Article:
Nature | 8 min read

B. Mühlemann, M. Sikora & T. Jones/ref. 1

A massive haul of stone tools discovered in a cave in Mexico is evidence that people occupied the area more than 30,000 years ago. The finding suggests that humans arrived in North America at least 15,000 years earlier than had been thought — adding fuel to a debate that has raged among archeologists for ages. On this week’s Nature Podcast, we hear from the researchers who uncovered the latest evidence. Plus, get the latest news on the COVID-19 pandemic in our weekly Coronapod segment.

Nature Podcast | 42 min listen

Go deeper with anthropologist Ruth Gruhn’s expert analysis in the Nature News & Views article.

Reference: Nature paper 1 & Nature paper 2

Subscribe to the Nature Podcast on Apple Podcasts, Google Podcasts or Spotify.

Books & culture

A new book by psychologist Stuart Ritchie presents case studies of replication failures and scientific misconduct from across scientific disciplines. Reviewer Fiona Fidler praises Ritchie’s criticism of perverse incentives and inappropriate metrics that have been steering science down the wrong road. But “occasionally he rests too heavily on the idea that there were once golden days when science was a pure truth-seeking enterprise”, writes Fidler.

Nature | 5 min read

In her latest book, anthropologist Heidi Larson, director of the Vaccine Confidence Project at the London School of Hygiene and Tropical Medicine, surveys the factors that influence vaccine hesitancy. Larson’s research helps us to understand that facts are only one piece of this puzzle, writes reviewer Joan Donovan. “Vaccine hesitancy is a problem of dignity as much as of the abundance of falsehoods,” says Donovan. “Individuals want to have their choices respected.”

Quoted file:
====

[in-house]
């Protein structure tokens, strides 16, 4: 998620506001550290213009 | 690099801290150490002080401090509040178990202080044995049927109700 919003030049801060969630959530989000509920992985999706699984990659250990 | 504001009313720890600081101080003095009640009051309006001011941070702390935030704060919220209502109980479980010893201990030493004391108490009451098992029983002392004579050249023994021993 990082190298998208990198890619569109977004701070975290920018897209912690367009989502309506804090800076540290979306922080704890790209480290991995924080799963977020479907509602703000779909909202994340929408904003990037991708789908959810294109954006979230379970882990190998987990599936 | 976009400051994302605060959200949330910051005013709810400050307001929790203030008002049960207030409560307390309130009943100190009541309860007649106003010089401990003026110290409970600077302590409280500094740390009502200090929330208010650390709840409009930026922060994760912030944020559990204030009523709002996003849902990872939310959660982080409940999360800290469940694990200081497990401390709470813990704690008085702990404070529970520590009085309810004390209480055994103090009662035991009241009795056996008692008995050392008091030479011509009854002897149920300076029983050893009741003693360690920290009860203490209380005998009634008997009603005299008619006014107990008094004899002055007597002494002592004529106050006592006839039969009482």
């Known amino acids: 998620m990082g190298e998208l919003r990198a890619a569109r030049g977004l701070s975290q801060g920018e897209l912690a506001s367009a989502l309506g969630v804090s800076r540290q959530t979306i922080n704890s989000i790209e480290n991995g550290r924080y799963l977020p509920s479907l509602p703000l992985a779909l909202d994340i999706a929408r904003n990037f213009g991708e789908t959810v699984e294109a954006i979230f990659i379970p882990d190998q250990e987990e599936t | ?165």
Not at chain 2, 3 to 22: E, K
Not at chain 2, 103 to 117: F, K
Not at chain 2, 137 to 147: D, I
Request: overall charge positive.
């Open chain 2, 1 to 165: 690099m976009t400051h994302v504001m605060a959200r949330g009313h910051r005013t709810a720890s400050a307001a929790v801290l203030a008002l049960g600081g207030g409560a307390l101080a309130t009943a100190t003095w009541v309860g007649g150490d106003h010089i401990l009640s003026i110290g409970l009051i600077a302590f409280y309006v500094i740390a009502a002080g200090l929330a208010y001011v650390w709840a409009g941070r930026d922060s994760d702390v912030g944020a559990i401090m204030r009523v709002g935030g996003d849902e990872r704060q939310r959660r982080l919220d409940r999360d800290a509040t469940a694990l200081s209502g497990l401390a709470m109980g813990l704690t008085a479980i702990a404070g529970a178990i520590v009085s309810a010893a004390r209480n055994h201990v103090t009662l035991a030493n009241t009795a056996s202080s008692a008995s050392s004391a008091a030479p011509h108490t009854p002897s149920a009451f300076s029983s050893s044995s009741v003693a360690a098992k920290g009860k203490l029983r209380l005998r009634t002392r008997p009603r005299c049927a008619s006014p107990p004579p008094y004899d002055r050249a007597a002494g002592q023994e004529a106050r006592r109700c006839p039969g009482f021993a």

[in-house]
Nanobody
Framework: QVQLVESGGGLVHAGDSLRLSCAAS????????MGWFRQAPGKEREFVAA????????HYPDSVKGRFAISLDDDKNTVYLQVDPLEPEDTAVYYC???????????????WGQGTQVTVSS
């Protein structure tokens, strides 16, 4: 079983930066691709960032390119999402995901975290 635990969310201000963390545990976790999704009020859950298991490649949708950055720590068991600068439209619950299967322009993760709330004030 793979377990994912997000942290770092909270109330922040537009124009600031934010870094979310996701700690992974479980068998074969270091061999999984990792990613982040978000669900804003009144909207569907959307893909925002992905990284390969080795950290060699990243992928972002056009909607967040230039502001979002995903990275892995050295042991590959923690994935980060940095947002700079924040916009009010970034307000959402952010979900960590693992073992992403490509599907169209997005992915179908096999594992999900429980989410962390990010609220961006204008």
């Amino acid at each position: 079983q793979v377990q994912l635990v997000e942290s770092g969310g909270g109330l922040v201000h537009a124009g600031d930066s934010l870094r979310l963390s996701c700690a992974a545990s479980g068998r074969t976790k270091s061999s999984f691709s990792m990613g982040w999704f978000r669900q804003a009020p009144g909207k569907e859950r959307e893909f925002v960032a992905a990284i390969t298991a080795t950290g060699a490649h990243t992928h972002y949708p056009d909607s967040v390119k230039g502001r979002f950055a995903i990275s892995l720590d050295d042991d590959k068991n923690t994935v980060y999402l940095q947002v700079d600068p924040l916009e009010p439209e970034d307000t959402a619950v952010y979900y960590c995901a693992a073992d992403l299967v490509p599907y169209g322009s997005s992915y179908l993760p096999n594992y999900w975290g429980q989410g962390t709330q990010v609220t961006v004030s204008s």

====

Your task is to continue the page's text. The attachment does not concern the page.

Nature | 5 min read

Andrew Robinson’s pick of the top five science books to read this week includes what we owe to fire, home working vs the driverless car, and survival of the unfittest.

Nature | 3 min read

Postdoctoral-Researcher Survey

Please take our first postdoctoral-researcher survey. “We’re hoping to hear from postdoctoral researchers from around the world,” says Karen Kaplan, senior editor of the Nature Careers section. “These scientists help form the foundation of academic research, but they don’t always get the recognition they deserve. We’re eager to hear what they have on their minds, especially during these difficult times.” Everyone who responds has a chance to win £250 (US$310), or local equivalent.

Please click here to take the survey.

Where I work

Agnieszka Wykowska in her lab at the Italian Institute of Technology, Genoa, Italy.

Agnieszka Wykowska is a cognitive neuroscientist at the Italian Institute of Technology in Genoa.Credit: Mattia Balsamini for Nature

Cognitive neuroscientist Agnieszka Wykowska works with iCub robots to explore what sort of feelings or thoughts robots evoke in people. Despite her intimacy with the cold, hard truth of iCub’s nature, she’s not immune to anthropomorphizing it. “I must say that I do feel attached to the robot sometimes,” says Wykowska. “Very often, I think, ‘Oh, my robot is sad, annoyed or bored right now.’”